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On the eve of world tourism day, one of its pioneers, the British tour operator Thomas Cook, left the market…

Among the reasons for its bankruptcy were not only debt and fierce competition, but also politics and even climate change.
The founder of the company, cook, believed that if the railway offered cheaper fares, it would allow more people from a lower class to travel, and thus people would drink less, use less drugs, and reach more for knowledge and education. he tried to make travel easier, cheaper, and safer
Thomas Cook has a long and colorful history. For 178 years, the iconic travel brand, whose clients included mark TWAIN, Oscar Wilde, Rudyard Kipling and Winston Churchill, has been the originator of many initiatives in tourism.

For example, in 1851, the tour operator published the Adventurist, which became the prototype of the tourist catalog, where package travel was first presented. In this brochure, along with the route description, railway fares were included; in 1855, the company was one of the first in the world to organize trips abroad. In 1865, the tour operator opened its first travel Agency in London, selling travel guides, train tickets, and tours, including to Paris, Italy, and Switzerland.

In 1873, Thomas Cook tourists were the first in the world to travel around the world. Around this time, the tour operator was one of the first to introduce travel checks. In 1919, Thomas Cook was the first to launch the sale of tours already based on air transportation.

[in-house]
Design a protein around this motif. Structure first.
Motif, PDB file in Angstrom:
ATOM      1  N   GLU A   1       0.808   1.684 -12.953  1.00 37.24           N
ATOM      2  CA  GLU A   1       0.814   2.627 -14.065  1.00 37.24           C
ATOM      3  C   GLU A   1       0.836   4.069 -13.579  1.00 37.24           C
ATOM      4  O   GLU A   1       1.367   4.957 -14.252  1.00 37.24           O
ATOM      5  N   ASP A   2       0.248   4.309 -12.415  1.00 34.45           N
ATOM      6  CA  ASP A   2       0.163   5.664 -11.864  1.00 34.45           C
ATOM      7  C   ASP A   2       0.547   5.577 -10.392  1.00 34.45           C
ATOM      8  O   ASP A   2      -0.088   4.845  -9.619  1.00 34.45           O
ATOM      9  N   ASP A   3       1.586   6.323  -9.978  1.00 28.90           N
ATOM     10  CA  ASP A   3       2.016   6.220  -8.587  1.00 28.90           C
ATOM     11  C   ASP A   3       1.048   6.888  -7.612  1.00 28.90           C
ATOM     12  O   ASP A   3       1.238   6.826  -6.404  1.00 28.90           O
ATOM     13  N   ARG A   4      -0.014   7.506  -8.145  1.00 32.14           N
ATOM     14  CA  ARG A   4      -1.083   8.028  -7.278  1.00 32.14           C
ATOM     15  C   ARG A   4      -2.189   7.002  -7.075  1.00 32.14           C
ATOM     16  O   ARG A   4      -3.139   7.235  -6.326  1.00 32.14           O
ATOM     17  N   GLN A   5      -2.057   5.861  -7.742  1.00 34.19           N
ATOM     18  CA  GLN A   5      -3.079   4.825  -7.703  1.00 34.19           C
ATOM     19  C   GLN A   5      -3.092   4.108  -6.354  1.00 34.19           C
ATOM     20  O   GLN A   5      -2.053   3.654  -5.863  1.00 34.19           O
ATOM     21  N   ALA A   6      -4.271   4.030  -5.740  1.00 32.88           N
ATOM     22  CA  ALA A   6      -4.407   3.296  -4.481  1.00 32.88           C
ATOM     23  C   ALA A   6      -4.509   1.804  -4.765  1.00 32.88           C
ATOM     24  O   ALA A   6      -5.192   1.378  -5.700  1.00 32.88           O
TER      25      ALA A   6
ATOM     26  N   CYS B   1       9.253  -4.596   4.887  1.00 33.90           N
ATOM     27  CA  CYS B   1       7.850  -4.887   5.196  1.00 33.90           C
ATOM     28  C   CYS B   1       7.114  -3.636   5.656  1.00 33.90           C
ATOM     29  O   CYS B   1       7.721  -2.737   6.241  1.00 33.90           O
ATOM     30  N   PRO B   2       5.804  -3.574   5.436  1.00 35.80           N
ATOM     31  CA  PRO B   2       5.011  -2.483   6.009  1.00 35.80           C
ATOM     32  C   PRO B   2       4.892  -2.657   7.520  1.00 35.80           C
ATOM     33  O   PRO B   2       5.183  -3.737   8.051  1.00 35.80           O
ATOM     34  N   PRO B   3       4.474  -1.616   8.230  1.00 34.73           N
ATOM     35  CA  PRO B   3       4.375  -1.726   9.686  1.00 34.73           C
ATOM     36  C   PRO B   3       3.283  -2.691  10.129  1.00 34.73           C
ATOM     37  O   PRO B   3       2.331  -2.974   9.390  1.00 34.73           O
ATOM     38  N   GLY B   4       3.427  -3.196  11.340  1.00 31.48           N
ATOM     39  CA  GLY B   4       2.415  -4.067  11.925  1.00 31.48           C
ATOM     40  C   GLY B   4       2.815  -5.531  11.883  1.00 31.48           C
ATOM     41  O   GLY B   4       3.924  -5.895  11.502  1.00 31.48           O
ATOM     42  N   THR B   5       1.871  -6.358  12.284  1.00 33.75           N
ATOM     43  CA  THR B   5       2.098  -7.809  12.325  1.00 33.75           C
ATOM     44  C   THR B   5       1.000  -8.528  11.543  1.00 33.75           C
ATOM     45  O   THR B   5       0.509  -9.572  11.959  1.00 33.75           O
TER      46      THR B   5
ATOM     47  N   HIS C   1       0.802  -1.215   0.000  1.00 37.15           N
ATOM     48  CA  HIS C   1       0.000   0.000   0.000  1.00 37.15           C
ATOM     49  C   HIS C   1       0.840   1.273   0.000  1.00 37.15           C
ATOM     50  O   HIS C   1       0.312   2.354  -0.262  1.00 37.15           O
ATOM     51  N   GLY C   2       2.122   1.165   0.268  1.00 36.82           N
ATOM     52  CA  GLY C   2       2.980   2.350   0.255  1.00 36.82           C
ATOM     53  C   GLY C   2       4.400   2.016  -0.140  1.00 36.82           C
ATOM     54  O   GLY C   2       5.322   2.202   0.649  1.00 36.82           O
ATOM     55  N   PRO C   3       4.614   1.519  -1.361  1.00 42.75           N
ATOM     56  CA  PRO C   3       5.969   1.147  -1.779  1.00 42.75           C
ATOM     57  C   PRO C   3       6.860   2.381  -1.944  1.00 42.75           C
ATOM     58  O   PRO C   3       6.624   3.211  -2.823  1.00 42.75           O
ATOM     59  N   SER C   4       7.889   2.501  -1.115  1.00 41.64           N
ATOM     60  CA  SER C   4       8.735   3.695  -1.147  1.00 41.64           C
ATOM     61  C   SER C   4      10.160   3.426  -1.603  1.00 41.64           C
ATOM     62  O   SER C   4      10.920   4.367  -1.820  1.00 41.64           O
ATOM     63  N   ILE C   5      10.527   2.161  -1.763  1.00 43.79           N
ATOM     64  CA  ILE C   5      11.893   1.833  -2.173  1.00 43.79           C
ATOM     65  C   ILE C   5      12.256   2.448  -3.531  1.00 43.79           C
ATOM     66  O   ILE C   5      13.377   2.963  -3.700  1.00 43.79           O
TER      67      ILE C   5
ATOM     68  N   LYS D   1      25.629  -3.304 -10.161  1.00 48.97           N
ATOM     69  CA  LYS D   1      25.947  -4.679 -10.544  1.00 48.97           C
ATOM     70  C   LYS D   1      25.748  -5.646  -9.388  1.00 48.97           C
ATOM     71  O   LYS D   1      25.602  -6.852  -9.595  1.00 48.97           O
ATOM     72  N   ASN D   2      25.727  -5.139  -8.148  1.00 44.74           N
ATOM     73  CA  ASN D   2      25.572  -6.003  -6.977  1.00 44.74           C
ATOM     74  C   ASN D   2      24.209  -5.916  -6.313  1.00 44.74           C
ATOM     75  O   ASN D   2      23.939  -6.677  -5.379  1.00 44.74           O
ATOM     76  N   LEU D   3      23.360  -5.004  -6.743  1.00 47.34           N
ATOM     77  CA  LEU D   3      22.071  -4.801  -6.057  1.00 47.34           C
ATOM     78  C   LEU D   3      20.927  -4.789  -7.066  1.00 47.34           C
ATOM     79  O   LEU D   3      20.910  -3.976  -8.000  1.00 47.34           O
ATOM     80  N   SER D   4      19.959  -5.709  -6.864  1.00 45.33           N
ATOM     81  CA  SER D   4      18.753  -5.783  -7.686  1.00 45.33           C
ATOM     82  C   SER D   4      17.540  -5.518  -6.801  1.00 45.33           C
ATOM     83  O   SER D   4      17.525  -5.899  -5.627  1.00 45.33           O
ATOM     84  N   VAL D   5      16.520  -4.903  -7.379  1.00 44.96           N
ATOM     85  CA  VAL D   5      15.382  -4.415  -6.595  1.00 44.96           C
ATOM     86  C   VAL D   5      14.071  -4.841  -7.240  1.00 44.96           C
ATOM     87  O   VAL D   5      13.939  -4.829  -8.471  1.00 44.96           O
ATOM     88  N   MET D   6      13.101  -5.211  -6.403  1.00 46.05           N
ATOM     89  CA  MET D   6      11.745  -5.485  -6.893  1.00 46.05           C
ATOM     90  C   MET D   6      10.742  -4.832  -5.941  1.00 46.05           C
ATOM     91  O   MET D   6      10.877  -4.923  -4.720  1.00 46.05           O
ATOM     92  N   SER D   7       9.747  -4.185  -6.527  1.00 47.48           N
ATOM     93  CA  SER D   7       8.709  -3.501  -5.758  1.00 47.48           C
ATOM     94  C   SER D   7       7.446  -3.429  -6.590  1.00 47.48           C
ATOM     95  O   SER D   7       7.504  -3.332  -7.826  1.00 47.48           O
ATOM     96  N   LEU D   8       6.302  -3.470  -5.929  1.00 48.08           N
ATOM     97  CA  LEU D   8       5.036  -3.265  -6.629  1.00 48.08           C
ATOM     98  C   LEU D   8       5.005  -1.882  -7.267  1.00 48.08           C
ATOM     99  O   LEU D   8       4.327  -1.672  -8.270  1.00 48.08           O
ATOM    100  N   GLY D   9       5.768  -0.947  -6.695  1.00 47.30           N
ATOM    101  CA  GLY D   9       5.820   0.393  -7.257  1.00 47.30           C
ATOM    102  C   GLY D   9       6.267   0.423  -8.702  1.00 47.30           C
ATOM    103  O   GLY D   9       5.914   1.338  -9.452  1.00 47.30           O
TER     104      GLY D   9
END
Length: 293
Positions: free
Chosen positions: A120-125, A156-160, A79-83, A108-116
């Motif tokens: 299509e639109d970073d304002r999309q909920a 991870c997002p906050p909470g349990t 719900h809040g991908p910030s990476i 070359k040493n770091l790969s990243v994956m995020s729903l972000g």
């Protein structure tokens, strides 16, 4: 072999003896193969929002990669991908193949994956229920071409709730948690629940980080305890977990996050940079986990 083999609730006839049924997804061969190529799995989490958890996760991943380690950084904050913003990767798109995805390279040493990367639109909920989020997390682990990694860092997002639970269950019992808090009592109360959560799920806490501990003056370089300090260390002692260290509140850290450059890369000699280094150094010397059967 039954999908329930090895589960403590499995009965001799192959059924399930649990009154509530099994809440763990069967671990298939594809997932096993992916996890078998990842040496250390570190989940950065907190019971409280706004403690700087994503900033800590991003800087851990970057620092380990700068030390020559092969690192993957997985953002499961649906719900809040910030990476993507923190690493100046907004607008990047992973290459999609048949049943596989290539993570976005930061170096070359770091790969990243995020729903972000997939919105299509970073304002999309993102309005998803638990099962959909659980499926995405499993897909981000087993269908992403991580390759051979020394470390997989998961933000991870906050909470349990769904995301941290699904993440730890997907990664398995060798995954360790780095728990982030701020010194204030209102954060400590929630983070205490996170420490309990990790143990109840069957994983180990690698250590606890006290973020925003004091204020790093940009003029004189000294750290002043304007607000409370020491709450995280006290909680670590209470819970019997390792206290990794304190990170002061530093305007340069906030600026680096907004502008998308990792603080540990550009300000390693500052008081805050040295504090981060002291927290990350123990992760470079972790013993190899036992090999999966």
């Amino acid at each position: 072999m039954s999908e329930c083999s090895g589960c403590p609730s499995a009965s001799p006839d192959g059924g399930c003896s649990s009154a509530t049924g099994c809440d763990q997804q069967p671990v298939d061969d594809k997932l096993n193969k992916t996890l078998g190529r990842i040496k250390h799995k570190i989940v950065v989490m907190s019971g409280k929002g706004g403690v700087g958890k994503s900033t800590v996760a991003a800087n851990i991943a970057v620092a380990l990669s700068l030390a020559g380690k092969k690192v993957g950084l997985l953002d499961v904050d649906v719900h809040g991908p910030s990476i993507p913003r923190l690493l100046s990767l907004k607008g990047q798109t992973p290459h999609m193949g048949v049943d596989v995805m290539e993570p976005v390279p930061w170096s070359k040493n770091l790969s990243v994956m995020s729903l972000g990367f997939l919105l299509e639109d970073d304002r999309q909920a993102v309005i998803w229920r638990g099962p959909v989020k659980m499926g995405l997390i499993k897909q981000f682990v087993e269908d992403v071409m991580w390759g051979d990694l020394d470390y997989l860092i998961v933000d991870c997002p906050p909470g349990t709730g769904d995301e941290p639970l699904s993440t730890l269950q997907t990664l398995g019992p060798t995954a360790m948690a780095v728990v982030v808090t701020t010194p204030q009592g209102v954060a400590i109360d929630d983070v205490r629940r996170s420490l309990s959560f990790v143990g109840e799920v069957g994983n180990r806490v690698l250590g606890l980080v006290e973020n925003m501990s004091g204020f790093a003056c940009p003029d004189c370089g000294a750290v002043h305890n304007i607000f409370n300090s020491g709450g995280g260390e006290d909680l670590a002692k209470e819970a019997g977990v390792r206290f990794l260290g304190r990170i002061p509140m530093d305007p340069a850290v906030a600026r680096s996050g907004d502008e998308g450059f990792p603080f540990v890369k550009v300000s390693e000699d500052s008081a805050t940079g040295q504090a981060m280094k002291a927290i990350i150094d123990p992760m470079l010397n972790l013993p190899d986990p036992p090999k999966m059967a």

Creating a travel company, former Baptist preacher Thomas Cook hoped that his brainchild would make society better.

“For cook, travel was about social growth. In those days, only rich people could afford to travel. Cook believed that if the railway offered cheaper fares, it would allow more people from a lower class to travel, and thus people would drink less, use less drugs, and reach more for knowledge and education. He was trying to make travel easier, cheaper and safer, ” said Thomas Cook archivist Paul Smith.

In the first quarter of the 20th century, Thomas Cook dominated the tourist market, but in 1928 the business was taken over by the Belgian international company Wagons-Lites et Grands Express, which operated Orient Express. During the Second world war, the tour operators ‘ assets were requisitioned by the British government, and later sold to 4m major railway companies in the UK. When they were nationalized after the war in 1948, Thomas Cook became state property. In 1965, the tour operator’s profit exceeded 1 million pounds. In 1972, Thomas Cook became a private company again. In 1992, Thomas Cook was sold to a pool of investors, but 9 years later, the German travel group C&N tourist AG became the sole owner of Thomas Cook, changing its name to Thomas Cook AG.

6 years later, in 2007, as a result of the merger of Thomas Cook AG and MyTravel Group plc, which had debts of 1.1 billion pounds, Thomas Cook Group was formed. But in recent years, due to increased competition in the market, the development of the independent travel market and the online sales segment, as well as the growth of the debt of MyTravel Group plc, the tour operator’s business was not so successful. Over the past 3 years, it has closed several hundred branded agencies, and its retail network has shrunk to 550 offices.
The total cost of holiday insurance guarantees that must be paid to Thomas Cook customers under the ATOL tour insurance scheme is estimated at 600 million pounds
The bankruptcy turned out to have great social and economic consequences for the British market: 150 thousand British holidaymakers will be returned from abroad, and 9 thousand people will be left without work. The campaign to evacuate tourists, codenamed Operation Matterhorn, is already being described as the UK’s largest peacetime repatriation. All British carriers, including British Airways and easyJet, will be involved in the export of tourists. Tourists will have to be exported from almost all over the world: these are cities and resorts in mainland Europe, North Africa, the Middle East,the United States and the Caribbean.